Author Topic: How do vending machines recognise coins?  (Read 79 times)

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Offline <k>

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How do vending machines recognise coins?
« on: May 10, 2017, 11:10:13 AM »
I'm not sure if this is in the appropriate board, but here goes.

Back in the early 1980s, the UK decided it needed to introduce two new coins: the 20 pence and the round pound. Because of the limited number of available size "slots", both coins would have to be 22 mm in diameter. The vending machine manufacturers explained that they needed a minimum gap of 1 mm between different coins, so the two coins ended up at 21.4 mm (20p) and 22.5 mm (1), IIRC. I wonder, does the same apply nowadays, that the machines need a minimum 1 mm gap in size between different coins?

The pound coin was very thick at 3.15 mm, to enable the blind to distinguish it from coins of a similar size. At the time, the vending machine manufacturers could not handle such thick coins, but they eventually agreed to develop the technology to do it.

In 1979, when I was in Germany, it was known that the old UK 5 pence coin (the large version) was the same size as the 1 Mark coin, which was worth around 25 pence at that time. So, it was possible to use the 5p in vending machine and get a bargain, such as a 500 g bar of chocolate for 5p or a packet of cigarettes for 15p. Into 1980, the vending machines started rejecting 5p coins. How did they tell the difference? One difference was that the 5p coin was milled, whereas the 1 Mark coin had a smooth edge. But whether that was how they did it, I don't know. Notice that the British had said they needed a 1 mm gap between coins to recognise them.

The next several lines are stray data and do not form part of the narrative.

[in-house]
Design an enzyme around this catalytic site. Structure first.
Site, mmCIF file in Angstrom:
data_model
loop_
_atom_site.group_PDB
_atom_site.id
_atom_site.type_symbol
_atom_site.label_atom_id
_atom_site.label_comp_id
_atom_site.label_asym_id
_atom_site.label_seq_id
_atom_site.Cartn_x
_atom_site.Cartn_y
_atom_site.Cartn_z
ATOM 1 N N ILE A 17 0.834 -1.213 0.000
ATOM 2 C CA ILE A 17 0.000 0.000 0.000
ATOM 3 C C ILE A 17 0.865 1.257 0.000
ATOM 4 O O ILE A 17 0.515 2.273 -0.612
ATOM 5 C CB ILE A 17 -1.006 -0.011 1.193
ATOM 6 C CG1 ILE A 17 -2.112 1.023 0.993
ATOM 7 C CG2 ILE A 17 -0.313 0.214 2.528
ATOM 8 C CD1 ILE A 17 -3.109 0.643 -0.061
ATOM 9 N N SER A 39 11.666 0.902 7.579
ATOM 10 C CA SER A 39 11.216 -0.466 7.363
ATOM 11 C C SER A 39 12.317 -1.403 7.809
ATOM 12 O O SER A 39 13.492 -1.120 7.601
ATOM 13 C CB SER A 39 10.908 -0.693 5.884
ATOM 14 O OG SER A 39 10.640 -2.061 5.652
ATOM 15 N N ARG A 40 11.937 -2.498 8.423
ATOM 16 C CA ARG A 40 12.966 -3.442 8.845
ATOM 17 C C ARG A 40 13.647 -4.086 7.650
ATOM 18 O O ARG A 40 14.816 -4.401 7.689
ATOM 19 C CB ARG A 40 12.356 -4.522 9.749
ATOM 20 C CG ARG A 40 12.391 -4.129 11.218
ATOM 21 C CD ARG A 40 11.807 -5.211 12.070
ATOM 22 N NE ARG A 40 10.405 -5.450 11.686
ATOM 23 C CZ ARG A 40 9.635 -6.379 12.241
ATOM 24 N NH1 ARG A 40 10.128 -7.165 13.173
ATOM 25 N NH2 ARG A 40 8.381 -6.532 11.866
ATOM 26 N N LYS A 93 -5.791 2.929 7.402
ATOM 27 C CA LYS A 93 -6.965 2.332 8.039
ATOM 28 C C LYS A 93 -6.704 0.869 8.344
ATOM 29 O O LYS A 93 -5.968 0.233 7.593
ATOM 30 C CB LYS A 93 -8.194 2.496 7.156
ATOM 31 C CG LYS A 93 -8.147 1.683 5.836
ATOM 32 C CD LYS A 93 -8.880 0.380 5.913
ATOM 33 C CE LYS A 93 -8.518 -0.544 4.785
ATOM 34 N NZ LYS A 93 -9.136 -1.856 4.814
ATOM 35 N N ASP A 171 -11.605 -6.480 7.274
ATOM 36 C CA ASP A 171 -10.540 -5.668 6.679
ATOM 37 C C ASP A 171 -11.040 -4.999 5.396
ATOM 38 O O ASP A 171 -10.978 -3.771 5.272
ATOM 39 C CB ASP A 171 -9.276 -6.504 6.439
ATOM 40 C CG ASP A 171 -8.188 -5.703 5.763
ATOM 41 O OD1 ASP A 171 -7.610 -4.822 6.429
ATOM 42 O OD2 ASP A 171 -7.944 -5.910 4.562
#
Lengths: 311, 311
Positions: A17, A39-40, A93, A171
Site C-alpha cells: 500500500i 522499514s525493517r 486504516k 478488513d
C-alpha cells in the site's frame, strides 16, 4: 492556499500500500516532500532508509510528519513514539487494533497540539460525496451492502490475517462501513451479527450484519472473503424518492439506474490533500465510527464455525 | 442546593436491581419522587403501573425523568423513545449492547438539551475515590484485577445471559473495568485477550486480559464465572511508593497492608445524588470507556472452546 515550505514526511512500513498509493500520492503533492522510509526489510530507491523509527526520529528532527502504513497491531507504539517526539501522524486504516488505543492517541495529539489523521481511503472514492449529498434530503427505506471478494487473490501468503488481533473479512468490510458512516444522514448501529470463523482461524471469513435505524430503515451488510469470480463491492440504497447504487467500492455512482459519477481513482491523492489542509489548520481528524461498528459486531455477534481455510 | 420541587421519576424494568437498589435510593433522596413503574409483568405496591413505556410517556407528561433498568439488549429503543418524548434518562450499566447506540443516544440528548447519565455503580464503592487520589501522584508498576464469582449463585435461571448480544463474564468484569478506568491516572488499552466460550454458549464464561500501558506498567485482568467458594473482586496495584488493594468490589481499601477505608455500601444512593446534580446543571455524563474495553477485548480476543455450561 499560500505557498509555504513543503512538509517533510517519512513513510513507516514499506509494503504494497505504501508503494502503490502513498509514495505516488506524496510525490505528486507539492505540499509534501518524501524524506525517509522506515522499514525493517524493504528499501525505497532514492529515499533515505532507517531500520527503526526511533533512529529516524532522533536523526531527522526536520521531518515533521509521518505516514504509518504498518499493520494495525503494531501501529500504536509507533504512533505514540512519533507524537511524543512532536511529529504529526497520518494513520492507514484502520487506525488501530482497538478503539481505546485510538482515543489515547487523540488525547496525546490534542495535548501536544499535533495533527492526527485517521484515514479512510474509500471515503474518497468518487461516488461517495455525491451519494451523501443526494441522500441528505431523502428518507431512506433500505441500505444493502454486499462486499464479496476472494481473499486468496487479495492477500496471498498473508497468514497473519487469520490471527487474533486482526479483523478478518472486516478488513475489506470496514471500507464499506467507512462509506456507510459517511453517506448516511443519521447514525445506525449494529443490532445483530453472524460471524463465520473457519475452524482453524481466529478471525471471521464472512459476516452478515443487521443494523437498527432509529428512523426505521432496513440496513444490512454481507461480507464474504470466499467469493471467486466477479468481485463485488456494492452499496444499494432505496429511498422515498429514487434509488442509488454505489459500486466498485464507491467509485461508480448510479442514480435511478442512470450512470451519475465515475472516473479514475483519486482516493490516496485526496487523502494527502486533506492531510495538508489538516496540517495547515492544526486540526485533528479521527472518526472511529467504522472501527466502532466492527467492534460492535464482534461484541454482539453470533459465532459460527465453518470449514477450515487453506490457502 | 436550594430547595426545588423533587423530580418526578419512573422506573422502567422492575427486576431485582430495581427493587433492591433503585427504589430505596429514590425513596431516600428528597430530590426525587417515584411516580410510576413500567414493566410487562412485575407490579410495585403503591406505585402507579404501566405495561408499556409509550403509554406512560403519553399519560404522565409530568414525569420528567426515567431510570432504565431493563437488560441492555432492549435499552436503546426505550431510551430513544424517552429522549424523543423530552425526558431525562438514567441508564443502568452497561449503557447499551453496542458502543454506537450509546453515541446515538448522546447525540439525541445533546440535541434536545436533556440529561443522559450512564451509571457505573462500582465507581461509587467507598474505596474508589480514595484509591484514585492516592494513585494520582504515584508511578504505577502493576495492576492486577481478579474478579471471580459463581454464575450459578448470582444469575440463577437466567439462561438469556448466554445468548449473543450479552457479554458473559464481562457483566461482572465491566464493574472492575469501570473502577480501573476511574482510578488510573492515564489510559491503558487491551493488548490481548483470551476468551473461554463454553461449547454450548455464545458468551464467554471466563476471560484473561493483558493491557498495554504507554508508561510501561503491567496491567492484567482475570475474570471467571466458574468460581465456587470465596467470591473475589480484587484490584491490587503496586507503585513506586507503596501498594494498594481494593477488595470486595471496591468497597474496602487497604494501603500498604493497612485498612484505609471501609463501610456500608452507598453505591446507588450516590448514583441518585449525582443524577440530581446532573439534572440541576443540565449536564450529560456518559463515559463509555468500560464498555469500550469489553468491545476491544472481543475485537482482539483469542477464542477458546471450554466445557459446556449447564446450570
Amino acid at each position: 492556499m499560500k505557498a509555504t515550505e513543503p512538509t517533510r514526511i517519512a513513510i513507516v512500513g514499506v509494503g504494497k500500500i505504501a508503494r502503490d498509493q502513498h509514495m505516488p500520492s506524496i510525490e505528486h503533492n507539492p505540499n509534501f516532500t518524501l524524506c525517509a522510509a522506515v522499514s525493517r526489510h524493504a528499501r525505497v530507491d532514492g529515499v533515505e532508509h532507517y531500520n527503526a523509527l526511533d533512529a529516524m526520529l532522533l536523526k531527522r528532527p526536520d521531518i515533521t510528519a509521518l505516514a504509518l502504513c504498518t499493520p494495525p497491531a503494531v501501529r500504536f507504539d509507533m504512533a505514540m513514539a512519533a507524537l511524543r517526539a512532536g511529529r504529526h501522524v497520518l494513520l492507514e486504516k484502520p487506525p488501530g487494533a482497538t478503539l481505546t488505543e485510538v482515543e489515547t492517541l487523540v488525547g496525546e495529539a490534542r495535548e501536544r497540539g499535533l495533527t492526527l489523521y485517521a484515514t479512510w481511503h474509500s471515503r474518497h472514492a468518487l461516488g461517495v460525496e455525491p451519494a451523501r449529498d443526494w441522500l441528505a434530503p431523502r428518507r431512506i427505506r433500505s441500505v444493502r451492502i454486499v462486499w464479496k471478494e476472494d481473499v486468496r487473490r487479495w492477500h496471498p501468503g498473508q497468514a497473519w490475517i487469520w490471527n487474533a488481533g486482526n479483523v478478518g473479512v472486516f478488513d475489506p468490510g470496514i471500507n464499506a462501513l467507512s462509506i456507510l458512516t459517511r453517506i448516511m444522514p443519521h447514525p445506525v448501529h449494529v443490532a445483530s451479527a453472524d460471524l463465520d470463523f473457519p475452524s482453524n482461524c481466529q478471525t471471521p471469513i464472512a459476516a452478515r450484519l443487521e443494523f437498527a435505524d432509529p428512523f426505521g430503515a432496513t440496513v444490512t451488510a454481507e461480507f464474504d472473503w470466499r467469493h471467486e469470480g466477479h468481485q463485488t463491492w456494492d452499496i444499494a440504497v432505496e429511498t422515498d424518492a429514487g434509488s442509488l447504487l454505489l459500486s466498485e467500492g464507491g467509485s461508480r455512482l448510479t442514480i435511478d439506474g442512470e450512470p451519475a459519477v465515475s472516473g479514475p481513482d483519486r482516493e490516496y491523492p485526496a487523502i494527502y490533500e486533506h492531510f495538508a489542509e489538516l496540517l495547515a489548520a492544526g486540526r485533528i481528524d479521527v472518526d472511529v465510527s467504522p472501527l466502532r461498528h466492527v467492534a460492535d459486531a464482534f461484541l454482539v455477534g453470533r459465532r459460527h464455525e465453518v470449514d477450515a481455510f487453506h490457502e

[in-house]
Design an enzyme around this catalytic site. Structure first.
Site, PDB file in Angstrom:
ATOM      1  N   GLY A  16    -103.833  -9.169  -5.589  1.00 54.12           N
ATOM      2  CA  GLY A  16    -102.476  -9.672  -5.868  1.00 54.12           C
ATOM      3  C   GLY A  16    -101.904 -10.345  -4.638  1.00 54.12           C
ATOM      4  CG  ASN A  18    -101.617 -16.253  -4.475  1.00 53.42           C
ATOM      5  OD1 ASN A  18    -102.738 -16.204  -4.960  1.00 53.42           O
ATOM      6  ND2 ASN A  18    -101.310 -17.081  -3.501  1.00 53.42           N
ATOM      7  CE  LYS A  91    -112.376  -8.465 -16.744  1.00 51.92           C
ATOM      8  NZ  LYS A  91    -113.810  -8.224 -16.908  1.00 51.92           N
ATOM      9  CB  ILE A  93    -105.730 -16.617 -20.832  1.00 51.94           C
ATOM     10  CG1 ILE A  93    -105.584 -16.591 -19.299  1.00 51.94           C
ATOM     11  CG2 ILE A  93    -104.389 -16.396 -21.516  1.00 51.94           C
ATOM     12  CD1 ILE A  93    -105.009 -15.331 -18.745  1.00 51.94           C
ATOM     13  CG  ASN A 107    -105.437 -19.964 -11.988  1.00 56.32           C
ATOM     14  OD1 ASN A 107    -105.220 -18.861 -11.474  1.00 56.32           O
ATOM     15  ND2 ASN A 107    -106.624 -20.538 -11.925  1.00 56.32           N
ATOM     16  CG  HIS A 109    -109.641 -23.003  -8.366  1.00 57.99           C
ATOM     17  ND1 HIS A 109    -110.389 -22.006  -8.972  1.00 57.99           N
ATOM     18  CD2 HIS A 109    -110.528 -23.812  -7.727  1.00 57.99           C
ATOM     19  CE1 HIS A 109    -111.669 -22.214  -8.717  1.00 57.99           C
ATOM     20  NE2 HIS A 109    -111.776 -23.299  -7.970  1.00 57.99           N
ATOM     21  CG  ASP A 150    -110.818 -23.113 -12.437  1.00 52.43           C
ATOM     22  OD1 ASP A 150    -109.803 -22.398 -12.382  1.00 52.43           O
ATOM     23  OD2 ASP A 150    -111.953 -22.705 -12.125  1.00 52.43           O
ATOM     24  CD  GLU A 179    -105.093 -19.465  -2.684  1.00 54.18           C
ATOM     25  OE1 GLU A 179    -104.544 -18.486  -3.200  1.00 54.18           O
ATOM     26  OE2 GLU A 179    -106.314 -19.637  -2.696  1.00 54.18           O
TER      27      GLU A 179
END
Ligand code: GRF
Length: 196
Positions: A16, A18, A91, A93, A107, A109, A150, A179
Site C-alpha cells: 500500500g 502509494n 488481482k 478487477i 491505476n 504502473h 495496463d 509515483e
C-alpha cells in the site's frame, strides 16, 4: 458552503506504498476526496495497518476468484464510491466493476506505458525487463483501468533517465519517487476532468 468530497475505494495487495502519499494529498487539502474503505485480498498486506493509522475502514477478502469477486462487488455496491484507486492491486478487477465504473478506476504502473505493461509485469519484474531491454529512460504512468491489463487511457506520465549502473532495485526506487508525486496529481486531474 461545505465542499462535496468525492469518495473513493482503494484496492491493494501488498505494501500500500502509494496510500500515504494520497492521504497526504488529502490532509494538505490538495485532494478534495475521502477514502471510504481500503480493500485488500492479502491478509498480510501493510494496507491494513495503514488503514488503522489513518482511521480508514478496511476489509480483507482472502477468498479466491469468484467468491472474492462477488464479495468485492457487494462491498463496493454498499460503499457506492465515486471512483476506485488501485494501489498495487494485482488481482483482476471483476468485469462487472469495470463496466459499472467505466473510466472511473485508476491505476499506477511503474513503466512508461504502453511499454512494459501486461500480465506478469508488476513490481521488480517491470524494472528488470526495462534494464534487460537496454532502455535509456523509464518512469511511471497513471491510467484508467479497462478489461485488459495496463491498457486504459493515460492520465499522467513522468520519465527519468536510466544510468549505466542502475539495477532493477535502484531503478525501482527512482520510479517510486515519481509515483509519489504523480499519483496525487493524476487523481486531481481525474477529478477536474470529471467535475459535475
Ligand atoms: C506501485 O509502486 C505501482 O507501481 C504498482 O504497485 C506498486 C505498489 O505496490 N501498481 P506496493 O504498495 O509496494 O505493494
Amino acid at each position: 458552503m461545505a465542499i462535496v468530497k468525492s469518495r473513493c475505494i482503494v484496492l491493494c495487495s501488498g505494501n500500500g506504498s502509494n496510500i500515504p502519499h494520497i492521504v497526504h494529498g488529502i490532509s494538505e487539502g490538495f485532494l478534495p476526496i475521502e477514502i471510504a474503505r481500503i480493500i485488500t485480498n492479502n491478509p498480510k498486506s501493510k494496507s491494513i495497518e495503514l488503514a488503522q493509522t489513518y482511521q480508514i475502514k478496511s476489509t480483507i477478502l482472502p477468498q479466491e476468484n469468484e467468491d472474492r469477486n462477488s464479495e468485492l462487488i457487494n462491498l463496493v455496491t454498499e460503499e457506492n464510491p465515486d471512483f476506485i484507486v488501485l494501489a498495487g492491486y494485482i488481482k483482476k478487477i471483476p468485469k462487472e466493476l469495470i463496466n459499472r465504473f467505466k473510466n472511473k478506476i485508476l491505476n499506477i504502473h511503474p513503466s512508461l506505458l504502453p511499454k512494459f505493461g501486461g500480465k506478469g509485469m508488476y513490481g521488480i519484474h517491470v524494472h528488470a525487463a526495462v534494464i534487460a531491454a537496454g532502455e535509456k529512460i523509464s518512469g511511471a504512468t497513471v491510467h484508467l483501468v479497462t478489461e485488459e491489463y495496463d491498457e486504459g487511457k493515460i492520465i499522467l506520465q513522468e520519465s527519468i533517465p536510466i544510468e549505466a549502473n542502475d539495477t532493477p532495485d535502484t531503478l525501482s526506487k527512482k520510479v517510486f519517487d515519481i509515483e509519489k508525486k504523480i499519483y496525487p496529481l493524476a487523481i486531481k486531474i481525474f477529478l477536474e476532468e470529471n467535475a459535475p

So, how do the machines recognise coins nowadays? Size, shape, weight, edge type? Or a mixture of these? Can a machine detect a raised rim, such as on the UK 20p? And of course, the coin's "electronic signature" is usually mentioned.

Anyway, I just found this on Wikipedia:

Coin acceptors

The basic principle for coin detection is to test the physical properties of the coin against known characteristics of acceptable coins. The coin acceptor analyses the coin according to its weight, size, metal composition and/or magnetism, and then sends an appropriate electrical signal via its output connection. The next step is generally performed by the banknote-to-coins exchanger.

Today, sophisticated electronic coin acceptors are in use in some places that, in addition to validating weight and size, also scan the deposited coin using optics and match the image to a pre-defined list, or test the coin's "metallic signature" based on its alloy composition.

Normal circulation coins eventually collect microscopic deposits of dirt, oil and grease from people's fingers. When a coin acceptor is used long enough, thousands of coins rolling along a track will leave enough dirt, oil and grease to be visible. For this reason, the coin acceptor must be cleaned on a regular basis to avoid malfunction. Coin acceptors are modular, so a dirty acceptor can be replaced with a clean unit, preventing downtime. The old unit is then cleaned and refurbished.

Some new types of coin acceptors are able to recognize the coins through "training", so they will support any new types of coins or tokens when properly introduced.